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Species Case Studies 

Mitigating the Risks of Aquatic Invasive Species in Commerce
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October 2023
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This research was supported by the U.S. Department of Interior under Award no. F22AP03009-00.
Mitigating the Risks of Aquatic Invasive Species in Commerce
Legal Case Study: Red-eared Slider
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Red-Eared Slider

Introduction

The introduction and spread of aquatic invasive species pose a threat to aquatic systems. One primary pathway aquatic invasive species are moved and introduced to new ecosystems is via commerce - the plant and animal trade. Reducing the risks of harmful aquatic invasive species in trade requires the cooperation and collaboration of each party in the supply chain, including producers, retailers, importers, buyers, and state and federal agencies. The National Sea Grant Law Center developed a case study series to explore the current legal framework governing commercial trade in several popular species and challenges to mitigating risks from this pathway.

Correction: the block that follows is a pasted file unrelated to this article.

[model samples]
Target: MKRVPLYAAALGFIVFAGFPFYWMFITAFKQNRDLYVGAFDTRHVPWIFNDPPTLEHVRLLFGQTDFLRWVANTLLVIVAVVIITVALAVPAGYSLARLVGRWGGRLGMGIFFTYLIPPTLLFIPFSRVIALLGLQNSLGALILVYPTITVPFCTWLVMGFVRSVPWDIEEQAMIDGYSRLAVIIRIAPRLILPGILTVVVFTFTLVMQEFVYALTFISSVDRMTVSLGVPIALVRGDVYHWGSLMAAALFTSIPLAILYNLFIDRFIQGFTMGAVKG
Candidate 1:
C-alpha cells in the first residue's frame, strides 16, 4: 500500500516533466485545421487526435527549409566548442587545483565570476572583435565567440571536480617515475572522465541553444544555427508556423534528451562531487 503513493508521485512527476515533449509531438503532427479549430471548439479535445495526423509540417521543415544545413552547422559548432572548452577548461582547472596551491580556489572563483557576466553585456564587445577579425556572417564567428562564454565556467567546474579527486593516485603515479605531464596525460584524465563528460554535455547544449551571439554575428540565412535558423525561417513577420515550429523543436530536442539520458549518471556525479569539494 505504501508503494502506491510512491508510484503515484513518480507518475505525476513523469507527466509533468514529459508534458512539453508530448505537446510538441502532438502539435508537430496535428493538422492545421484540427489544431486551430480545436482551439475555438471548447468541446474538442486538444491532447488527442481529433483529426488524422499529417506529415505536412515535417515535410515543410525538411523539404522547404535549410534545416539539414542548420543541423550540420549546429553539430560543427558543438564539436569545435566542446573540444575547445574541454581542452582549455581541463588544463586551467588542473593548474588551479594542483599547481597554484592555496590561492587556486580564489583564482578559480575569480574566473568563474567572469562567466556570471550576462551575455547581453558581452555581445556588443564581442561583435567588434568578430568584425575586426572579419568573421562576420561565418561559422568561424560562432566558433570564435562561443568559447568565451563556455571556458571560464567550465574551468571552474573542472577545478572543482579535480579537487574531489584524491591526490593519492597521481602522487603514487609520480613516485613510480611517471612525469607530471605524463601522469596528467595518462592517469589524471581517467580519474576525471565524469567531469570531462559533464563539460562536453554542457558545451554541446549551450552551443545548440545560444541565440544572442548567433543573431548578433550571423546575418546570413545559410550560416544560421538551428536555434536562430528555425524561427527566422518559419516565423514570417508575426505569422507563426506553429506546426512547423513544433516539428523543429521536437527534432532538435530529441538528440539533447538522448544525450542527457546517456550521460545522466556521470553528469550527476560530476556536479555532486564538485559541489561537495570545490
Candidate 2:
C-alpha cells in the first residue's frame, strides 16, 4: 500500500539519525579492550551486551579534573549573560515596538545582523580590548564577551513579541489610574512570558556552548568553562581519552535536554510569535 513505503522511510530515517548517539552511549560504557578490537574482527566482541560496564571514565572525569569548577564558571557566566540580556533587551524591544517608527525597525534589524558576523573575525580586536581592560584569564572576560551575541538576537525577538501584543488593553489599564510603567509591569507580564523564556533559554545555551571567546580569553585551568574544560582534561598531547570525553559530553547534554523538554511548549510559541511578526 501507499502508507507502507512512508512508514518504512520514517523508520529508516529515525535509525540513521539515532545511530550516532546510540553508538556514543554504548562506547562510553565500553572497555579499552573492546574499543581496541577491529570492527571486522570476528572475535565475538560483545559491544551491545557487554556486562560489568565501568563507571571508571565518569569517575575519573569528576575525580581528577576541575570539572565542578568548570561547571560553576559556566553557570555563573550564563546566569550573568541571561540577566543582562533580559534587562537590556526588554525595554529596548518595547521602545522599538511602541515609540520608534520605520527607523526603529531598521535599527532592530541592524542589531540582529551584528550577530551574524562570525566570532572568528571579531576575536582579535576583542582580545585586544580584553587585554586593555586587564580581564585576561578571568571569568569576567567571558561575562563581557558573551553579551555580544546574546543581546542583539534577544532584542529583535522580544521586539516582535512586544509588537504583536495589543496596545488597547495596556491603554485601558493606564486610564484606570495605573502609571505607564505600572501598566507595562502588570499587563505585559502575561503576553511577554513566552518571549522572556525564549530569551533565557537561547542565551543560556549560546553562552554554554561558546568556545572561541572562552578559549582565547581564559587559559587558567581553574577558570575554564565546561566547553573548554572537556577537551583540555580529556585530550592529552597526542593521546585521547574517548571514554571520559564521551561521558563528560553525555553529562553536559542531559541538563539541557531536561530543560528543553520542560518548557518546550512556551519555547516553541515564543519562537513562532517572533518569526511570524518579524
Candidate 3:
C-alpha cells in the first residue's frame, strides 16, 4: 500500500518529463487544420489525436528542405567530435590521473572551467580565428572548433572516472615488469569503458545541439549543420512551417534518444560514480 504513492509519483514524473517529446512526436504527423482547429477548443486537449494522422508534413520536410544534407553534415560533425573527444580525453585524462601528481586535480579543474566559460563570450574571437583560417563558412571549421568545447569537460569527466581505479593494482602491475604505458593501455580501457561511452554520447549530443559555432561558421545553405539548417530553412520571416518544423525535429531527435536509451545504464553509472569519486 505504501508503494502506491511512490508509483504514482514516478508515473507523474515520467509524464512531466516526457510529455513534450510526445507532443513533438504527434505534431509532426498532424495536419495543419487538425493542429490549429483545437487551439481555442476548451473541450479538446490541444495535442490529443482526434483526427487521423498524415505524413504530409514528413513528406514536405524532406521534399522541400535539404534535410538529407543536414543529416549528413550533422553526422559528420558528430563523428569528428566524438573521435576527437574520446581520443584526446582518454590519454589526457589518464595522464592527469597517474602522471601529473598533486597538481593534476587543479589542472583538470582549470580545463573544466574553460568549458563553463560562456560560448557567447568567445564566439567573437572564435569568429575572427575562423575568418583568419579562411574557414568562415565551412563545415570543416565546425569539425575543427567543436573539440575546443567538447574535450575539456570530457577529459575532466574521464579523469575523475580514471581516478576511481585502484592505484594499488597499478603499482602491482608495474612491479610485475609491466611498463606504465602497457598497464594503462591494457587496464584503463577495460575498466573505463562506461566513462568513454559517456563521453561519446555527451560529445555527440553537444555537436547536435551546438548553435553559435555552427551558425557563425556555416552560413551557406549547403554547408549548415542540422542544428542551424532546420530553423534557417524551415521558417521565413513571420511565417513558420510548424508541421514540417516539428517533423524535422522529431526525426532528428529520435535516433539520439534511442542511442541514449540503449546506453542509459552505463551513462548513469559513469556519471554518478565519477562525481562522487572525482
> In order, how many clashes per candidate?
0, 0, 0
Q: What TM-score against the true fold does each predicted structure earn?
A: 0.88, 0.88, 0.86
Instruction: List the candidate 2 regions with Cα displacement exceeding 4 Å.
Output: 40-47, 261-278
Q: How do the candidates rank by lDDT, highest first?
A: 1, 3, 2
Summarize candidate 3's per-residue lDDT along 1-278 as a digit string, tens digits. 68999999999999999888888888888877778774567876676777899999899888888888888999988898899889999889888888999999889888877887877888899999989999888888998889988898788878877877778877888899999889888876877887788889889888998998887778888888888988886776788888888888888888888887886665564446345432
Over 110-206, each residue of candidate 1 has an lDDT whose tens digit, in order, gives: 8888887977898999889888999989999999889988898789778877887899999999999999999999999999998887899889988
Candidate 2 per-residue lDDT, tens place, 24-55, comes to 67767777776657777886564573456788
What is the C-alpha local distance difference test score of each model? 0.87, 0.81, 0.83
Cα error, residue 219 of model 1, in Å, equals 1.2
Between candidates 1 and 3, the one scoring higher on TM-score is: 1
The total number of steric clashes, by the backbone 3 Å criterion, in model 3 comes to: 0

Species Background

The red-eared slider (Trachemys scripta elegans) is considered one of the world’s worst invasive species (1). Red-eared sliders